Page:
MCI Communications Corp. said yesterday that it has entered an agreement with the start-up company Nextwave Telecom Inc. that would enable MCI to provide the next generation of wireless telecommunications services in most of the nation's largest cities.
The personal communications services, or PCS, would become available in mid-1997 in some markets, with broader coverage by the end of 1998.
PCS is a new kind of wireless service designed to be a less expensive, all digital, more reliable, alternative to cellular phone service.
Nextwave, a privately held company based in San Diego and New York, had bid $4.7 billion over the past two years in federal auctions to acquire wireless licenses capable of providing service to 110 million people in 63 markets, including 29 of the top 50 markets.
Unlike the other big long-distance providers, AT&T; Corp. and Sprint Corp., MCI remained on the sidelines of the PCS license auctions by the Federal Communications Commission, waiting to become a reseller of network services that would be offered by winning bidders such as Nextwave. MCI shares rose $1.25, to close at $26.75.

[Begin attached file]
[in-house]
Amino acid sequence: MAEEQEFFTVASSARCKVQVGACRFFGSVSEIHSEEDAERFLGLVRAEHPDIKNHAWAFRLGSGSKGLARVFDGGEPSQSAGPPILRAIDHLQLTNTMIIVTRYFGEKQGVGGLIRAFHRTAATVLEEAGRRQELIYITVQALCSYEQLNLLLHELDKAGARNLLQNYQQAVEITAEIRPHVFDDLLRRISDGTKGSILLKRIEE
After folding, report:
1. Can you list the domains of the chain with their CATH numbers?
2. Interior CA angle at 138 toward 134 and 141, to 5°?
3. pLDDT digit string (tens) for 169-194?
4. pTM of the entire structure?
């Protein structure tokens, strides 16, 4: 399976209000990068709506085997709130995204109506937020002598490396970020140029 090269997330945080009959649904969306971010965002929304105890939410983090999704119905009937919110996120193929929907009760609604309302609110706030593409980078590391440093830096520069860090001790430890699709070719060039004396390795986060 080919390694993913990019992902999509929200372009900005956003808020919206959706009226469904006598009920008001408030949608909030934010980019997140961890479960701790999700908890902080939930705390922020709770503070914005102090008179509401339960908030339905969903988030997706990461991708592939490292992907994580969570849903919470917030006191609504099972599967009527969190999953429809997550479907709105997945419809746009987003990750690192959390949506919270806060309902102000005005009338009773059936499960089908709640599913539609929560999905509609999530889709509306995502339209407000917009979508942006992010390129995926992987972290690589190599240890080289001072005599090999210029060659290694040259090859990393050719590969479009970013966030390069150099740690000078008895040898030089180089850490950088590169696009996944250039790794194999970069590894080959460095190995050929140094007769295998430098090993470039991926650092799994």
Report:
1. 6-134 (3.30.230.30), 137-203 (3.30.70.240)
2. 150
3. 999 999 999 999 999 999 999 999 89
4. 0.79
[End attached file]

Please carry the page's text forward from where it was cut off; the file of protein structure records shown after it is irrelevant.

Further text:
Analysts said the deal is a major win for Nextwave, which needs a customer of MCI's stature to validate its strategy of offering PCS services through resellers. The deal also should lend credibility to the company's plans for an initial public offering as soon as market conditions seem favorable.
"The advantage for MCI is they didn't have to bid in spectrum auctions or invest capital in developing a network; the downside is they are dependent on Nextwave to get the network up and running and that is out of their control," said Mark Lowenstein, an analyst with the Yankee Group in Cambridge.
"I think it's a sound strategy for MCI," he said, "and I'm sure they were able to negotiate very favorable terms with Nextwave."
Without disclosing those terms, MCI said it had agreed to purchase 10 billion minutes, or 166.7 million hours, of PCS capacity from Nextwave over 10 years.
MCI plans to market the PCS services under its own brand name, offering them in conjunction with other MCI communications services.
MCI, in turn, would provide telecommunications and other related services for Nextwave's PCS system.
It is not making an equity investment in Nextwave at this time, MCI said, although it retains certain rights to do so, and that there was no upfront payment.
Whitey Bluestein, MCI's vice president of wireless strategy and development, said in a telephone interview that the deal fit the company's strategy of reselling wireless services rather than investing in its own infrastructure.
MCI currently has similar arrangements with major cellular carriers in 17 markets across the country, covering about one-third of the population.
Nextwave's service, he said, would be fully integrated with MCI's existing network in a way that would be invisible to telephone users.
Allen Salmasi, Nextwave's chairman and chief executive, said the deal fit his company's goal of being a "carrier's carrier," providing services to established long-distance companies, regional Bell telephone companies and cable and paging companies.
Pub Date: 8/27/96